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Fight club

The meaning of «fight club»

Fight Club is a 1999 American film directed by David Fincher and starring Brad Pitt, Edward Norton, and Helena Bonham Carter. It is based on the 1996 novel of the same name by Chuck Palahniuk. Norton plays the unnamed narrator, who is discontented with his white-collar job. He forms a "fight club" with soap salesman Tyler Durden (Pitt), and becomes embroiled in a relationship with a destitute woman, Marla Singer (Bonham Carter).

Palahniuk's novel was optioned by Fox 2000 Pictures producer Laura Ziskin, who hired Jim Uhls to write the film adaptation. Fincher was selected because of his enthusiasm for the story. He developed the script with Uhls and sought screenwriting advice from the cast and others in the film industry. He and the cast compared the film to Rebel Without a Cause (1955) and The Graduate (1967), with a theme of conflict between Generation X and the value system of advertising.[4][5]

Studio executives did not like the film, and they restructured Fincher's intended marketing campaign to try to reduce anticipated losses. Fight Club failed to meet the studio's expectations at the box office, and received polarized reactions from critics. It was cited as one of the most controversial and talked-about films of 1999. The film later found commercial success with its DVD release, establishing Fight Club as a cult classic and causing media to revisit the film. In 2009, on the tenth anniversary of the film's release, The New York Times dubbed it the "defining cult movie of our time."[6]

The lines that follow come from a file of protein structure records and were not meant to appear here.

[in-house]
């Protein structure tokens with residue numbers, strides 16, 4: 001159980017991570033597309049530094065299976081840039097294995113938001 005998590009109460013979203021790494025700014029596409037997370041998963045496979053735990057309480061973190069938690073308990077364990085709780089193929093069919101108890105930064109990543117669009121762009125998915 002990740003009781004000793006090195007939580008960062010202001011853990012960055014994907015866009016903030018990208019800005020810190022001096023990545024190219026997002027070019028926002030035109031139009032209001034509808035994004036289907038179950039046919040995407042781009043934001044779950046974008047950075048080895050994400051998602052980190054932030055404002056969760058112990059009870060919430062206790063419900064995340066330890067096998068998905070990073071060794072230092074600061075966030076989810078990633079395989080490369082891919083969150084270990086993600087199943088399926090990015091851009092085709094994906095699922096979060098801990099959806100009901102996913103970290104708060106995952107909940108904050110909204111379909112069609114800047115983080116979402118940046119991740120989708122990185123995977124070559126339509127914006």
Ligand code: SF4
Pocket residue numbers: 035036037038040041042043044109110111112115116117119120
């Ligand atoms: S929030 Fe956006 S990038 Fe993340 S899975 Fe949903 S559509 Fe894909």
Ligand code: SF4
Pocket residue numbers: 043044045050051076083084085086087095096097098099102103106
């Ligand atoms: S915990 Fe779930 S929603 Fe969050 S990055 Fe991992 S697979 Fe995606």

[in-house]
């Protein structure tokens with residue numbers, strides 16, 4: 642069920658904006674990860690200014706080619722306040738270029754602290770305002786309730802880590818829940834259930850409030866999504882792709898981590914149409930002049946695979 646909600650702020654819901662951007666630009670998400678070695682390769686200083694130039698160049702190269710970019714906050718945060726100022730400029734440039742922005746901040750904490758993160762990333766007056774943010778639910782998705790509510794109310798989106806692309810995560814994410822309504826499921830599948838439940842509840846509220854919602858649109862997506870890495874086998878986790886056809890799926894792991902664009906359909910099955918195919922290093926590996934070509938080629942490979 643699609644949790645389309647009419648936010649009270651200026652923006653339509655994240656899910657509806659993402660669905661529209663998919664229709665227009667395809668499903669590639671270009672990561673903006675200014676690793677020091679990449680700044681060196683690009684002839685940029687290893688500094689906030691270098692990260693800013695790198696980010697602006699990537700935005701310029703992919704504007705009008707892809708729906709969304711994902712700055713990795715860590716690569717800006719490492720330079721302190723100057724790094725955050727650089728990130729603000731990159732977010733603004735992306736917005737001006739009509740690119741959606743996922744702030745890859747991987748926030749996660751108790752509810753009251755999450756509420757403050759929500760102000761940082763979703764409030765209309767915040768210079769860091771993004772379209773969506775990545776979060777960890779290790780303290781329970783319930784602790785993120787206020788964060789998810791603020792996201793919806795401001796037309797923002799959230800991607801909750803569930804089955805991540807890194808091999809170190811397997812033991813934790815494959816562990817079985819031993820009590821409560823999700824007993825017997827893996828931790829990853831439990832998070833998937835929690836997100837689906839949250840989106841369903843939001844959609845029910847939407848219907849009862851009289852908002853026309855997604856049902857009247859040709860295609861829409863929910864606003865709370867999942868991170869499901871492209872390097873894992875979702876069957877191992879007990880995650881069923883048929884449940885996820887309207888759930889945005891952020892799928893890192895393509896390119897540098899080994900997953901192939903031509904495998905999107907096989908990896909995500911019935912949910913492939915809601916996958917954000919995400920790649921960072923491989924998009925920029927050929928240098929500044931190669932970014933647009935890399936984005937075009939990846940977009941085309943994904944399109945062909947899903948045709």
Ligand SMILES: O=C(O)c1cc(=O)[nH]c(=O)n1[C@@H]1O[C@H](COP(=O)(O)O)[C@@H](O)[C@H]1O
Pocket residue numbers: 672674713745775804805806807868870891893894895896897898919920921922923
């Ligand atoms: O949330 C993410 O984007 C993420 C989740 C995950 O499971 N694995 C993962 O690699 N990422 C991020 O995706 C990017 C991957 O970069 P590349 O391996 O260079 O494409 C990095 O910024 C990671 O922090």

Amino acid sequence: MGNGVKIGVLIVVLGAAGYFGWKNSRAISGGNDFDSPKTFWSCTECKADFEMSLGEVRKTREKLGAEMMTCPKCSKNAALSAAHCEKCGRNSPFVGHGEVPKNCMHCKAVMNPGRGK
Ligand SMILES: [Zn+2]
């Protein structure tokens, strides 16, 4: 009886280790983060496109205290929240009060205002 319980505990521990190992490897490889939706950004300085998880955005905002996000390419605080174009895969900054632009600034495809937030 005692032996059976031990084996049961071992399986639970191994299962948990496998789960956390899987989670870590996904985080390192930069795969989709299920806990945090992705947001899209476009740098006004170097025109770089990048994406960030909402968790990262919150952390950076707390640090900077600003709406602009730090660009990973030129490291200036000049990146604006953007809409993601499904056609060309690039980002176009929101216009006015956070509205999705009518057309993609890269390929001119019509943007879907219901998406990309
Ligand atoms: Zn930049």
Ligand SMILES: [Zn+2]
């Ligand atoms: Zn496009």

The Narrator, an automobile recall specialist, is unfulfilled by his job and possessions and suffers from chronic insomnia. To cure this, he attends support groups, posing as a sufferer of diseases. His bliss is disturbed when another impostor, Marla Singer, begins attending the same groups. The two agree to split which groups they attend.

On a flight home from a business trip, the Narrator meets soap salesman Tyler Durden. The Narrator returns home to find his apartment and all his belongings have been destroyed by an explosion. Disheartened by the loss of his material goods, he calls Tyler and they meet at a bar. Tyler tells him he is trapped by consumerism. In the parking lot, he asks the Narrator to hit him, and they have a fistfight.

The Narrator moves into Tyler's home, a large dilapidated house in an industrial area. They have further fights outside the bar, which attract growing crowds of men. The fights move to the bar's basement where the men form Fight Club, which routinely meets.

Marla overdoses on pills and telephones the Narrator for help; he ignores her, but Tyler goes to her apartment to save her. They begin a sexual relationship, much to the Narrator's irritation. Tyler warns the Narrator never to talk to Marla about him. The Narrator blackmails his boss for his company's assets to support Fight Club and quits his job.

More new members join Fight Club, including Robert "Bob" Paulson, a man with testicular cancer whom the Narrator had met in a support group. Tyler then recruits their members to a new anti-materialist and anti-corporate organization, Project Mayhem, without the Narrator's involvement. The group engages in subversive acts of vandalism, increasingly troubling the Narrator. After the Narrator complains that Tyler has excluded him, Tyler reveals that he was the one who caused the explosion at the Narrator's condo.

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